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Document Type

Notes

Abstract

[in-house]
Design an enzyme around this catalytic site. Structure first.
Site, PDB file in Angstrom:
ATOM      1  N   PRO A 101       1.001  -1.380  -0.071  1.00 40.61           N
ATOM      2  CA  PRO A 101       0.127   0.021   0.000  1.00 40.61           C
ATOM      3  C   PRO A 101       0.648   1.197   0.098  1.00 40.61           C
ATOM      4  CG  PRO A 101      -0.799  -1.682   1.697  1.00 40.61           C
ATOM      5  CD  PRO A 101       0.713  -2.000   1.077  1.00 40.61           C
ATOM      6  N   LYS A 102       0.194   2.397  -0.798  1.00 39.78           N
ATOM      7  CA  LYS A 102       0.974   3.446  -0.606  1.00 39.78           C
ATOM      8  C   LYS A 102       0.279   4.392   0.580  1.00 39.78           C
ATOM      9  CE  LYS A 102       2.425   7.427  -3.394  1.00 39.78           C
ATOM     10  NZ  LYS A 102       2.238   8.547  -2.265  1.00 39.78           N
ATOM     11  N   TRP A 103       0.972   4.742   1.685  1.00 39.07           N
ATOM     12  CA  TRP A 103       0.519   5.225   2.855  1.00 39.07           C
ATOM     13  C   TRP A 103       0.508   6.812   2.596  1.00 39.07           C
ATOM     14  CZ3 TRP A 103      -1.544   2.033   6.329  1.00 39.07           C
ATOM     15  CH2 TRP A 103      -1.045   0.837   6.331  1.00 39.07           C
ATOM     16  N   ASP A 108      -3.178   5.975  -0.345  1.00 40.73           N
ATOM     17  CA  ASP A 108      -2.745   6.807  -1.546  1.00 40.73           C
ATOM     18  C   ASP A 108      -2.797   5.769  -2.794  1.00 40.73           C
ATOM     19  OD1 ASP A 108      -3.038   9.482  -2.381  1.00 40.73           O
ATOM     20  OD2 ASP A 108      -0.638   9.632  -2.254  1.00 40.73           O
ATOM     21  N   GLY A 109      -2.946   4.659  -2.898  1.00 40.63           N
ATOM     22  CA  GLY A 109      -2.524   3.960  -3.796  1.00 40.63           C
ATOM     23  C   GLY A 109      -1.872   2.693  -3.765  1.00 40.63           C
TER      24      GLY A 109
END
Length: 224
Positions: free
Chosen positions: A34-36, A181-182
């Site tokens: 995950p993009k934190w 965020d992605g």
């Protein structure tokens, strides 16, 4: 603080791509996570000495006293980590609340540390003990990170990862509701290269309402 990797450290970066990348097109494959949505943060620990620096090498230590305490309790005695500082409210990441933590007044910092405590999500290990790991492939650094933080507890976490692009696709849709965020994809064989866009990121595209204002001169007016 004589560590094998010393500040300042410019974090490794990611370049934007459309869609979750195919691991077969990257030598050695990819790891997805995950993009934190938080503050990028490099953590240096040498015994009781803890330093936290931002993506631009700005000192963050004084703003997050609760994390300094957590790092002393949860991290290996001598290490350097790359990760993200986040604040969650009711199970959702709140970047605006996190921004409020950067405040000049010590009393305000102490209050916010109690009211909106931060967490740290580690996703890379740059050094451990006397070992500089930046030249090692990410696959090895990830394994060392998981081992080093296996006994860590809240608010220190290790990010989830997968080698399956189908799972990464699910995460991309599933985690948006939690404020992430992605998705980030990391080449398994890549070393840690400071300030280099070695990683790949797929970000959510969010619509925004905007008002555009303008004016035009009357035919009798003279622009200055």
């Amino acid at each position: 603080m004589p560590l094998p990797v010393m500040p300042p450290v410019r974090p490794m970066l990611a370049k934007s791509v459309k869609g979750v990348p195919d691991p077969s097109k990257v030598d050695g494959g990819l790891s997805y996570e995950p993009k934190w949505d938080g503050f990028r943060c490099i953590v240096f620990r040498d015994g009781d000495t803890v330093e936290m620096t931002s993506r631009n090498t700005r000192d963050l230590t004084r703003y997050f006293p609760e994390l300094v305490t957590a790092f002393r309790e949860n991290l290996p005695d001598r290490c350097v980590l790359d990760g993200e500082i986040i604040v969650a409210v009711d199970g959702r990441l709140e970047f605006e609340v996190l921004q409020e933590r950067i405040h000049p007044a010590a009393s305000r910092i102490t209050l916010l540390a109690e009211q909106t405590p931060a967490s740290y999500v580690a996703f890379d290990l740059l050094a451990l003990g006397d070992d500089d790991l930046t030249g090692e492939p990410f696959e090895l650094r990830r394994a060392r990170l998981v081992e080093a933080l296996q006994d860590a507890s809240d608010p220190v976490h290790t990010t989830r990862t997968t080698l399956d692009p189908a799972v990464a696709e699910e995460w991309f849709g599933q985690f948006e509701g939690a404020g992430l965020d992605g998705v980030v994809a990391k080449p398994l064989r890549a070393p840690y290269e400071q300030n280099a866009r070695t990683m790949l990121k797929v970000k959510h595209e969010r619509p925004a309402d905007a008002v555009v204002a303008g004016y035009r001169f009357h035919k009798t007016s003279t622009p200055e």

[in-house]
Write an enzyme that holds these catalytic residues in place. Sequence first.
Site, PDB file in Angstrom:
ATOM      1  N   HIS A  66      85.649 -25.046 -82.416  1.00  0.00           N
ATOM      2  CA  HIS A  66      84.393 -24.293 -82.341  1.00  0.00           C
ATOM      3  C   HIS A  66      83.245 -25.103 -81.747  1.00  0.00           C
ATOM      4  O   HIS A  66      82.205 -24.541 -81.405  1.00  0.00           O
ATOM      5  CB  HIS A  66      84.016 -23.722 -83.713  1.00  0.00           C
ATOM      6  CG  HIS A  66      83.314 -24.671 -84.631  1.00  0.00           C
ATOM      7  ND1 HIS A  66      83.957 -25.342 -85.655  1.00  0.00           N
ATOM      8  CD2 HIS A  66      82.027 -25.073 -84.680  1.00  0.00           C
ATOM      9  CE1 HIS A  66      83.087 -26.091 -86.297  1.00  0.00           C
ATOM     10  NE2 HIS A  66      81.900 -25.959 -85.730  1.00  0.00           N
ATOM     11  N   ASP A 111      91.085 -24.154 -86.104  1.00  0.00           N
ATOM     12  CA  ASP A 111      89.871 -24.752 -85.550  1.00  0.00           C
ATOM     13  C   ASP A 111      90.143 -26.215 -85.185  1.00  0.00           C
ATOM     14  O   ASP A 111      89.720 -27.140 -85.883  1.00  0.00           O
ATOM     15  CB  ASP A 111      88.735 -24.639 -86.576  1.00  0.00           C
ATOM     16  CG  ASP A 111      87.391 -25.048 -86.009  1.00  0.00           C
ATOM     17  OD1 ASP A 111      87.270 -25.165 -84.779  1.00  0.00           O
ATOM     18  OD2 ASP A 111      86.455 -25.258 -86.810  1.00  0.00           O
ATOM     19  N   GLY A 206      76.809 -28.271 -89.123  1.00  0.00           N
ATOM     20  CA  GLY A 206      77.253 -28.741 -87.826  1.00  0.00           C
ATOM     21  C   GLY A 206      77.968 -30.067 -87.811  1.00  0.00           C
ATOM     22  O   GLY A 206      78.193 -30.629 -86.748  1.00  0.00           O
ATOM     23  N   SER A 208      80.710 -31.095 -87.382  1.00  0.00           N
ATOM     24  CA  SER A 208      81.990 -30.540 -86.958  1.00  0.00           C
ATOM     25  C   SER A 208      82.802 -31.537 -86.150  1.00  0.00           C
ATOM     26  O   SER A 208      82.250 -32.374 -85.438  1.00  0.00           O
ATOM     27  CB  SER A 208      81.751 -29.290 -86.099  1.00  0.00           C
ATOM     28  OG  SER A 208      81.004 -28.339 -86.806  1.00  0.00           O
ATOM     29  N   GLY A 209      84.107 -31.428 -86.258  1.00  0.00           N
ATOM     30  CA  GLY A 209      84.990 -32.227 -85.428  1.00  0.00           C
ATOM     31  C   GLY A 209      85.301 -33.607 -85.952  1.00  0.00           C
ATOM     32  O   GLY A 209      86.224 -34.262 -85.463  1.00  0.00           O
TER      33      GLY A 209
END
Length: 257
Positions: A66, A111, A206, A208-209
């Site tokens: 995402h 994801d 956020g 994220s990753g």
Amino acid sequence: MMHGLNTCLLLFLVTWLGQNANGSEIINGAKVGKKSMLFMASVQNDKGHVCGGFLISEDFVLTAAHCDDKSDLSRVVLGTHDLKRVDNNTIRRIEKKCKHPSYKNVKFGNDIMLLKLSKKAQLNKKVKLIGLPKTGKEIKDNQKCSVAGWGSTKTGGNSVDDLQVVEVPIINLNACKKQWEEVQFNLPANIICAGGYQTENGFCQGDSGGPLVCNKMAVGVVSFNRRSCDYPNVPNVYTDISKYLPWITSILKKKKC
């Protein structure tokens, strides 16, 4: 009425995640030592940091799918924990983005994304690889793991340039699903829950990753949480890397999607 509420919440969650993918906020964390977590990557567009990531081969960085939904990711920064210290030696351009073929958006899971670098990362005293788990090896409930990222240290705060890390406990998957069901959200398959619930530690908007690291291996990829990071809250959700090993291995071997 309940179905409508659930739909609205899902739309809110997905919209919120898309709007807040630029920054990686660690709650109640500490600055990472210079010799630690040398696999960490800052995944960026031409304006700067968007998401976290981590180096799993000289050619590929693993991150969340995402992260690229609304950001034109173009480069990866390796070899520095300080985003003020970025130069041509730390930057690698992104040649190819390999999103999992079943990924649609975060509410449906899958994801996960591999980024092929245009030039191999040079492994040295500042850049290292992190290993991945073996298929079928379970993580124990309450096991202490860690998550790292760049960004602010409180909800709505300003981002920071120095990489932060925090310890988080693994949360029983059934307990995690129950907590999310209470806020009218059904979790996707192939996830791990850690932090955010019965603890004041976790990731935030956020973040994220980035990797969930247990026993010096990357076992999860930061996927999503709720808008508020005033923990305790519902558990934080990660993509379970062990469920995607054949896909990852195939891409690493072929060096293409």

The aging American population will quickly lead to a greater demand for long-term care and services for people who are unable to care for themselves. Some older adults may require other individuals to make informed decisions on their behalf. State guardianship programs must confront the tension of providing protections for people who are incapacitated while respecting their autonomy, particularly when making decisions involving a person’s residence. When elderly adults wish to stay in their communities and are capable of doing so, a lack of proper support may be a violation of the Americans with Disabilities Act of 1990 (“ADA”), as interpreted by the U.S. Supreme Court in 1999 in Olmstead v. L.C. ex rel. Zimring. One solution may be found in effective public guardianship programs. This Note explores the effect of Olmstead on state funding for long-term care, the implications of the Olmstead decision for guardianship, and common models of public guardianship. This Note then argues that existing public guardianship programs, if appropriately funded and held to proper standards, can help states meet the mandates of the ADA and Olmstead.

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